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Ms. Bonnie O'Neill
October 8, 2002
My following statements may seem like a plea for help, but how, as a mother, could I address you otherwise. I am overwhelmed to be here, and my aim is one I have had in mind for close to nine years. I was notified of my daughter Kerry's death in work on December 1, 1993, an occurrence not imaginable previously even in my most horrible nightmares.
Kerry was the youngest of my three children, with a brother, Ed, and a sister, Kristen who was just one year older than Kerry and her constant companion. Since our family had no military background, I found Kerry's desire to apply to the USNA surprising.
Her final selection possibilities included some extremely prestigious colleges. Kerry decided to combine some suspense with humor by waiting until May 1, the deadline for admission to the Naval Academy, to make her announcement of college selection to us. We were all on edge. She designed a selection form with a box in front of each college and on the morning of May 1 this form was hanging on my bedroom door with the USNA checked.
Kerry said she had made her choice because she wanted the combination of academics with the opportunity of serving her country. Although I had always let Kerry know I would accept any decision she made, internally I was quite apprehensive. I realized, as she did, her future would be very difficult and demanding. I knew I had to trust the military with Kerry's life. Her next four years constantly challenged her and yet she responded to all of the challenges, excelling in every aspect of her naval career. We were all so very proud of her accomplishments!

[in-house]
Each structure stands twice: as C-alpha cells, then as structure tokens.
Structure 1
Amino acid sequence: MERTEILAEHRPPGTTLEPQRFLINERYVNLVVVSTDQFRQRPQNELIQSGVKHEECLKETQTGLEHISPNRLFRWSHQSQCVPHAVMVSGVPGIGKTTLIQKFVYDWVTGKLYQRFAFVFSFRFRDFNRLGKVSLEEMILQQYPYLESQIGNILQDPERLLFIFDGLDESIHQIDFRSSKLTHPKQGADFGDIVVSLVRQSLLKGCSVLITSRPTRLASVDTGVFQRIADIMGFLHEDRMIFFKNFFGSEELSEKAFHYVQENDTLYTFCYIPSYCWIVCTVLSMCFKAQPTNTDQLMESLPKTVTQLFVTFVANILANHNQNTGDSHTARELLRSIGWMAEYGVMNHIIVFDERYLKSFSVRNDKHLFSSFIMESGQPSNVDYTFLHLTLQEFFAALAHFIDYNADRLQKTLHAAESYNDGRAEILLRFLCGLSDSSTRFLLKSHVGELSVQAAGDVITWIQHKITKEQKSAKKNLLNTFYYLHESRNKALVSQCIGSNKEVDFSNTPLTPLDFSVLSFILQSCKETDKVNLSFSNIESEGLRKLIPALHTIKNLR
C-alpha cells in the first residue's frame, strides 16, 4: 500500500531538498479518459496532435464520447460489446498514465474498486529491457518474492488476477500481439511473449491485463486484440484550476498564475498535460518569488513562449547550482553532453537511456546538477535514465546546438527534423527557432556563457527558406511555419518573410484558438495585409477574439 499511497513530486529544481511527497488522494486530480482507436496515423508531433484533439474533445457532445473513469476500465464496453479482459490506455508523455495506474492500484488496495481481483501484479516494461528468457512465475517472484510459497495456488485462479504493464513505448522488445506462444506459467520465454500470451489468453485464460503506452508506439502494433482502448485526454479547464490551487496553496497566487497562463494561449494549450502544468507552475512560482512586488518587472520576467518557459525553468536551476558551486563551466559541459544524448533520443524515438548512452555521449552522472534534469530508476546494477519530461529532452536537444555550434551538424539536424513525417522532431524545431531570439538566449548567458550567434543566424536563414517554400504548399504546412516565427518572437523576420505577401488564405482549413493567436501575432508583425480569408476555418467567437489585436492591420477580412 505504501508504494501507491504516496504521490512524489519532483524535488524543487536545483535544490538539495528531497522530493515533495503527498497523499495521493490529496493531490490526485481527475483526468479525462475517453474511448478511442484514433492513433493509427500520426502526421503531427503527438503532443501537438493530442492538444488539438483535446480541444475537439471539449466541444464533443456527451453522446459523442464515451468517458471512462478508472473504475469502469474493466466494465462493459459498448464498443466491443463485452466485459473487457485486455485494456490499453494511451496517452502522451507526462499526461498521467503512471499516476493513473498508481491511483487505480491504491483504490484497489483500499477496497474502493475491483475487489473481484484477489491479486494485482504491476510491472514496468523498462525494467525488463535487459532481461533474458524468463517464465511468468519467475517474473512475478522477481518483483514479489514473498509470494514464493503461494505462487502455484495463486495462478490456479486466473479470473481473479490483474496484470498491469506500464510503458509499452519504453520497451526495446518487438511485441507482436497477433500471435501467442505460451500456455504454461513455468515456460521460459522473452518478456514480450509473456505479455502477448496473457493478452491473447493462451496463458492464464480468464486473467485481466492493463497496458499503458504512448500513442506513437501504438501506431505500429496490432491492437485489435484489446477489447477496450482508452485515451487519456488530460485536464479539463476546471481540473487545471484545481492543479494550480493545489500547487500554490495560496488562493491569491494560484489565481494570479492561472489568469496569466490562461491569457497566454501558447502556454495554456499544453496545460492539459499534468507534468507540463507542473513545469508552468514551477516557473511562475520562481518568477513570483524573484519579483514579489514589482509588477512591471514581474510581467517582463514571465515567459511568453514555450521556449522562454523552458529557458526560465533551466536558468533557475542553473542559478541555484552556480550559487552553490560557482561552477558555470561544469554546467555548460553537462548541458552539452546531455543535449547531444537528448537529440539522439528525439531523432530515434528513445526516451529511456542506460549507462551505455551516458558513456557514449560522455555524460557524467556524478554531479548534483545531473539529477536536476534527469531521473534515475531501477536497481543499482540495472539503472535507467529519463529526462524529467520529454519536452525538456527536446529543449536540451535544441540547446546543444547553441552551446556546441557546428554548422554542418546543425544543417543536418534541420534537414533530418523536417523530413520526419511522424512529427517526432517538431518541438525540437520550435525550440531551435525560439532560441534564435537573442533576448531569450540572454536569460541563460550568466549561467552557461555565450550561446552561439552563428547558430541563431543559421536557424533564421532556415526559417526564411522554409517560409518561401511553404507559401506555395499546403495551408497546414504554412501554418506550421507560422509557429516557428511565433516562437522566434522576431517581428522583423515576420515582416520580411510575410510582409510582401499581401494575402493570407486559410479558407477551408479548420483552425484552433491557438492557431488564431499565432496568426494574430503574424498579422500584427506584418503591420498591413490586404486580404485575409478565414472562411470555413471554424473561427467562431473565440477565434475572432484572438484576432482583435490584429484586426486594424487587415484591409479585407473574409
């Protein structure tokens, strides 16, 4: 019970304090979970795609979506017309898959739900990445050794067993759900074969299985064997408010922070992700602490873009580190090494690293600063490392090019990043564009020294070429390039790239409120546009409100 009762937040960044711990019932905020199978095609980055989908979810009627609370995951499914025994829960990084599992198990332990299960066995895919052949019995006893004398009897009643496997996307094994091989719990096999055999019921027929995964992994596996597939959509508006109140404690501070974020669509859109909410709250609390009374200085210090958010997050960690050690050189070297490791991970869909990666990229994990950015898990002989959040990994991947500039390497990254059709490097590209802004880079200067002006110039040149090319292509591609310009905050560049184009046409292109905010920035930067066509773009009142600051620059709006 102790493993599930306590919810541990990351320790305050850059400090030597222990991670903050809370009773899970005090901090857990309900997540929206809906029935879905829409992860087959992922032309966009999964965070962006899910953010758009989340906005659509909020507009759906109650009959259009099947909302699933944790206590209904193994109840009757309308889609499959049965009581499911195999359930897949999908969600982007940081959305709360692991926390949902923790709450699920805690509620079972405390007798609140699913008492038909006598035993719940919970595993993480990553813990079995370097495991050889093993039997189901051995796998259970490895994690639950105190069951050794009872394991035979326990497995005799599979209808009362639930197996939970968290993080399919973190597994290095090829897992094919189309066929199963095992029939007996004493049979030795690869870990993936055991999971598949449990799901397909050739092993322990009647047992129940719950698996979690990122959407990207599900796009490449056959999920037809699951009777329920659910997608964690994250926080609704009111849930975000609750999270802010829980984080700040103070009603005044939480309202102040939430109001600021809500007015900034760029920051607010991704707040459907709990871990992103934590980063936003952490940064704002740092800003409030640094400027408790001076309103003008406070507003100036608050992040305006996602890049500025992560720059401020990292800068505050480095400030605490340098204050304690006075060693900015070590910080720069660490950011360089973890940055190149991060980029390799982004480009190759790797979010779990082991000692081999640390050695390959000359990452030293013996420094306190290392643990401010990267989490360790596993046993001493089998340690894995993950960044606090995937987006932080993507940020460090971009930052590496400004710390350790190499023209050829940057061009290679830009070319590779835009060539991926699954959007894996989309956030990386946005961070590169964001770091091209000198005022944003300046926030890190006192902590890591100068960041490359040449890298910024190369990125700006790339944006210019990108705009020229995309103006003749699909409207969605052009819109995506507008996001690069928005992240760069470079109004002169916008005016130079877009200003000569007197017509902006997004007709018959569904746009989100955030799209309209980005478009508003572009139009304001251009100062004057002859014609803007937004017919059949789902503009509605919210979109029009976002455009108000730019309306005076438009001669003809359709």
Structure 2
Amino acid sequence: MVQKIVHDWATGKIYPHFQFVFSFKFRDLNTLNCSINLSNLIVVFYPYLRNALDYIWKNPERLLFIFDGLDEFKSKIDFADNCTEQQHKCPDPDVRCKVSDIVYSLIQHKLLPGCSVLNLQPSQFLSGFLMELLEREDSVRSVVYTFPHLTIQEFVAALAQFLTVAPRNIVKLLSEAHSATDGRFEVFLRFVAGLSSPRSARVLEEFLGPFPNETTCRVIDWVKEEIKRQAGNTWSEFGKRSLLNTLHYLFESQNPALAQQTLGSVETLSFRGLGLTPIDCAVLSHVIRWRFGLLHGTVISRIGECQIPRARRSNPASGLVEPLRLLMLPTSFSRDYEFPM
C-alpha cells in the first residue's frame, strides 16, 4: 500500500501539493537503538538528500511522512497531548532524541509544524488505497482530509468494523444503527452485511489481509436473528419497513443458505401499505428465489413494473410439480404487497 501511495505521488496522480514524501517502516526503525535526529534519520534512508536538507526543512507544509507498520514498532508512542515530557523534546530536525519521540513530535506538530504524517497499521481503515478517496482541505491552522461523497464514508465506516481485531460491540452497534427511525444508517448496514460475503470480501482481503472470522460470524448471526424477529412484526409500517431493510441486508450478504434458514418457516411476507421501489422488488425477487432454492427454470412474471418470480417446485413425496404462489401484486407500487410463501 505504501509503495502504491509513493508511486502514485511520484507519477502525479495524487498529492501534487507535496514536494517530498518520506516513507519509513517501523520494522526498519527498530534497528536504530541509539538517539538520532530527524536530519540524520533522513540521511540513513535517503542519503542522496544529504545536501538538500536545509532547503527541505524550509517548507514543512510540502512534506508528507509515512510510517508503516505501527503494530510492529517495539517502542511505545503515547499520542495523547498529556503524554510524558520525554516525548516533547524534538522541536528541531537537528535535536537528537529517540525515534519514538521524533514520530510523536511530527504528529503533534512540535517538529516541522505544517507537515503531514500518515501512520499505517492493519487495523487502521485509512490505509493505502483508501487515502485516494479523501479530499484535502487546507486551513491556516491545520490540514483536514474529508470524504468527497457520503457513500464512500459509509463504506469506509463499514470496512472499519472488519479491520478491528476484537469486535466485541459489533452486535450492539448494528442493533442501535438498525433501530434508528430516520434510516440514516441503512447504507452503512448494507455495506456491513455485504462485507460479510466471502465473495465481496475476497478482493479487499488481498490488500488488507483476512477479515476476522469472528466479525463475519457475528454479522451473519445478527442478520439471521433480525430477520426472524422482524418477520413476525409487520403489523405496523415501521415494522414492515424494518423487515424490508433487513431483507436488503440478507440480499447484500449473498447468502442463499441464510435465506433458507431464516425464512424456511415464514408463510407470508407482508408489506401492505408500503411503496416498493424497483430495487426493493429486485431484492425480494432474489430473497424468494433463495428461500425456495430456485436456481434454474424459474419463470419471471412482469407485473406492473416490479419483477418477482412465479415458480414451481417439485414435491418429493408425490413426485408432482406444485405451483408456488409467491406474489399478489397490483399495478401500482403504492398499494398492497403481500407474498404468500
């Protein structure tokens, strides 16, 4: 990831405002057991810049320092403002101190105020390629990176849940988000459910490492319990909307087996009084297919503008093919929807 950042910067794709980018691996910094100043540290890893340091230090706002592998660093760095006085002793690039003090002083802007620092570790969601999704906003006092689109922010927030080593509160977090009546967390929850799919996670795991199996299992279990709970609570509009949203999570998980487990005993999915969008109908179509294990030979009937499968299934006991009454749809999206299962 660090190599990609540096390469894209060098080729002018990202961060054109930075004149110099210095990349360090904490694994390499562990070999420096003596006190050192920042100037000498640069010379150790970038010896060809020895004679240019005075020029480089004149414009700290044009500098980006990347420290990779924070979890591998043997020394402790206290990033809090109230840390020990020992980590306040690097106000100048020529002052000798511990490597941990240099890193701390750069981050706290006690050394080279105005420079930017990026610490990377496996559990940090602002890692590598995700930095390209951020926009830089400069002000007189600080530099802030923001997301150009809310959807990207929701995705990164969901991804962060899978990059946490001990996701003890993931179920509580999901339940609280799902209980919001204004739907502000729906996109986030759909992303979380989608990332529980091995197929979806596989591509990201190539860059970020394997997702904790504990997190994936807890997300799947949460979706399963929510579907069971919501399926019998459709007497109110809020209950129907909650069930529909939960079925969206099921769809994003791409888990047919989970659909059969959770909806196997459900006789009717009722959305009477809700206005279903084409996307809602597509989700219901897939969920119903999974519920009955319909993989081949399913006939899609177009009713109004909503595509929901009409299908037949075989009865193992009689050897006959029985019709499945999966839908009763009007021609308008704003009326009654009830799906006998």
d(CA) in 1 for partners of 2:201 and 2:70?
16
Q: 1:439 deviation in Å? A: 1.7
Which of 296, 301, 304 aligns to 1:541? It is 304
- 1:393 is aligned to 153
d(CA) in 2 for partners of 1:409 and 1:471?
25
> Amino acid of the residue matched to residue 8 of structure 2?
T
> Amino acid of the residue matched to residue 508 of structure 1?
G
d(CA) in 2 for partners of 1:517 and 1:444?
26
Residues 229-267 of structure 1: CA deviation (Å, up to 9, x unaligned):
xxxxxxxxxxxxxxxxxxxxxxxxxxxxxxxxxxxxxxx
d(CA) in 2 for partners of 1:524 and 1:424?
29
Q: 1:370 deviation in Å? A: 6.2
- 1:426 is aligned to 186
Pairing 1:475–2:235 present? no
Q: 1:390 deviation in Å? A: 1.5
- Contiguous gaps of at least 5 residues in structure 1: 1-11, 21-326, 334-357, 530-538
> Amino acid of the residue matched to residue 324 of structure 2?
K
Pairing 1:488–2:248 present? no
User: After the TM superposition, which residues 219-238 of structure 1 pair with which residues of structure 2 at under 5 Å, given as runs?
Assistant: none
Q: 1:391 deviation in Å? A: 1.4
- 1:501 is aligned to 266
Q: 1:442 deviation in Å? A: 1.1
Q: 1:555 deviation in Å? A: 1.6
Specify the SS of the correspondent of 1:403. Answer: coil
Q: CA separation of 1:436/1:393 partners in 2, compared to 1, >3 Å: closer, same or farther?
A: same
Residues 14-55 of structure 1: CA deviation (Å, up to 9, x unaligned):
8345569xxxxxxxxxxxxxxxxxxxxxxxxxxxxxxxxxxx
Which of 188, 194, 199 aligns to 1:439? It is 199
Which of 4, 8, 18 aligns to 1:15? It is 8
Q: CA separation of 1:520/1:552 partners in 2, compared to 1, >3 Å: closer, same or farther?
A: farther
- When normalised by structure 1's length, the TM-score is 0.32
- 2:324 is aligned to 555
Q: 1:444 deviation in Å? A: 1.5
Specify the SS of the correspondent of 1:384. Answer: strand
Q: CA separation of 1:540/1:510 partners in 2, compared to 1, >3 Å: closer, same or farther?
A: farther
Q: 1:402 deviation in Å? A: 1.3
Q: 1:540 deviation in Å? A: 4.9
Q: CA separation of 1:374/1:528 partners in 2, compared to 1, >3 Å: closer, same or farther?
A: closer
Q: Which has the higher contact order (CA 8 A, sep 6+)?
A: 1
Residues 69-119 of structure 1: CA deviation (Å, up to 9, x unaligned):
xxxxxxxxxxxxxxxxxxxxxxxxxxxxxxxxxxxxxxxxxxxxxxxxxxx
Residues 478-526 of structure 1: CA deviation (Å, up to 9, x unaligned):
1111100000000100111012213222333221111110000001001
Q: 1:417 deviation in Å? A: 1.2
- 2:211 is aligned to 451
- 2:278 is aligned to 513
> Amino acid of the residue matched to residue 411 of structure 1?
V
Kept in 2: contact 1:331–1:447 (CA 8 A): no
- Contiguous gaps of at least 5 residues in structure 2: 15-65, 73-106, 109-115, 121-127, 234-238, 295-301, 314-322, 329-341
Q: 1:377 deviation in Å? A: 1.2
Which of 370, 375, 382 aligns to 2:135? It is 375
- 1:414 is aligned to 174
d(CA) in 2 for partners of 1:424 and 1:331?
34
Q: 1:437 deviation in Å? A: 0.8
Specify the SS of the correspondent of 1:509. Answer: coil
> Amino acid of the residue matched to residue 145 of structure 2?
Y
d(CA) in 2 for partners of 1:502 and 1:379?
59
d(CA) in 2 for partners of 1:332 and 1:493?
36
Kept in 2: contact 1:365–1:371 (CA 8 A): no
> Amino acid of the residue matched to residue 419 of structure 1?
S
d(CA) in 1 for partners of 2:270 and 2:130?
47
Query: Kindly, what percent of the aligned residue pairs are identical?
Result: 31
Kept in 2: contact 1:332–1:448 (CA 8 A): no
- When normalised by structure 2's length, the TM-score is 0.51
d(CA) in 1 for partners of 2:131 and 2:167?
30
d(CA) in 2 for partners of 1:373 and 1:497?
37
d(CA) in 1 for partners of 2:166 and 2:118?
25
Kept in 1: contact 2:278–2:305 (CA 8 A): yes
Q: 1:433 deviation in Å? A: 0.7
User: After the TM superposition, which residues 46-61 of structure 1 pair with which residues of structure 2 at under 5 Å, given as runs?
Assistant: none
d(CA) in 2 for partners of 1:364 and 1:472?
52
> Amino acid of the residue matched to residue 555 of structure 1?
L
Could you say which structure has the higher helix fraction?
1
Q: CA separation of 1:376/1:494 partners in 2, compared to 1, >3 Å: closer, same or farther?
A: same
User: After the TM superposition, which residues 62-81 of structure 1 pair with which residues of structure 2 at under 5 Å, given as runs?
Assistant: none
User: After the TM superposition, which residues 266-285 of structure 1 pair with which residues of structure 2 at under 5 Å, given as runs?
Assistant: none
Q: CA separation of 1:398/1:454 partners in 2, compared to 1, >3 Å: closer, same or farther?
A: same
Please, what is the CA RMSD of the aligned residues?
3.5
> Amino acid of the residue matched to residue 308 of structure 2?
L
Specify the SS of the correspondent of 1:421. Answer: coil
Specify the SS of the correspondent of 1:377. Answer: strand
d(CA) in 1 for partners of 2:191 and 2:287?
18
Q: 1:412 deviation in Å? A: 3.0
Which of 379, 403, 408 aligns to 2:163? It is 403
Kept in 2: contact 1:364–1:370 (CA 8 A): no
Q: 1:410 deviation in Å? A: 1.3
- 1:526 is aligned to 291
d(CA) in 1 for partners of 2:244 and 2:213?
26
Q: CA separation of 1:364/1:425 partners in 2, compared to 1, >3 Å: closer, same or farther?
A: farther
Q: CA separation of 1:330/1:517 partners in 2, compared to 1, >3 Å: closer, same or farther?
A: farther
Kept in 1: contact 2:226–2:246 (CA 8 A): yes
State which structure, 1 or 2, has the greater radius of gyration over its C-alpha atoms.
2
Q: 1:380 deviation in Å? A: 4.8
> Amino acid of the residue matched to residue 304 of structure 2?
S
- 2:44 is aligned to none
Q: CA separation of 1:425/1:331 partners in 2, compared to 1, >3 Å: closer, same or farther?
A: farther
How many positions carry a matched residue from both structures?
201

Kerry graduated in the top 5 per cent of her class. In addition she excelled at sports, receiving twelve varsity letters in four years. Although she was a walk-on in track, she was the first female division II All-American in women's cross country and the first female athlete to qualify for NCAA Division I championships at the Academy. Kerry set Academy records in cross country and other track events. She was honored in her senior year by receiving the award of the top honor for a female athlete - the Vice Admiral William P. Lawrence Sword. Kerry was selected to serve as a representative of the USNA in the Australian Navy during her final summer at the Academy. But most important Kerry was a sincere, kind and loving woman with high aspirations. People whose lives she touched will always remember her.
Upon graduation from the Academy, Kerry received an appointment in the Civil Engineering Corps. After training in California, she was stationed at Coronado Naval Base and received a position of leader on a reconstruction project at the base. She loved the Navy and the Naval base. She once said to me 'I wake up with the sun in the morning and run with the sun going down at night...and I love my freedom!'
I am presenting this background to you to emphasize the possibilities Kerry's life held. Then came December 1, 1993 and her life was abruptly ended by her ex-fiancée, George Smith, who also graduated from the USNA. They were serving at different naval installations, working in entirely different jobs, near San Diego, California. Smith seemed to be unable to deal with the ending of the engagement. As the time got closer to his serving his first tour of duty on a submarine, Smith's erratic behavior got more pronounced - he followed Kerry around and appeared uninvited where she was socializing with other people. While this was disturbing, it did not seem all that unusual to people considering Smith's situation.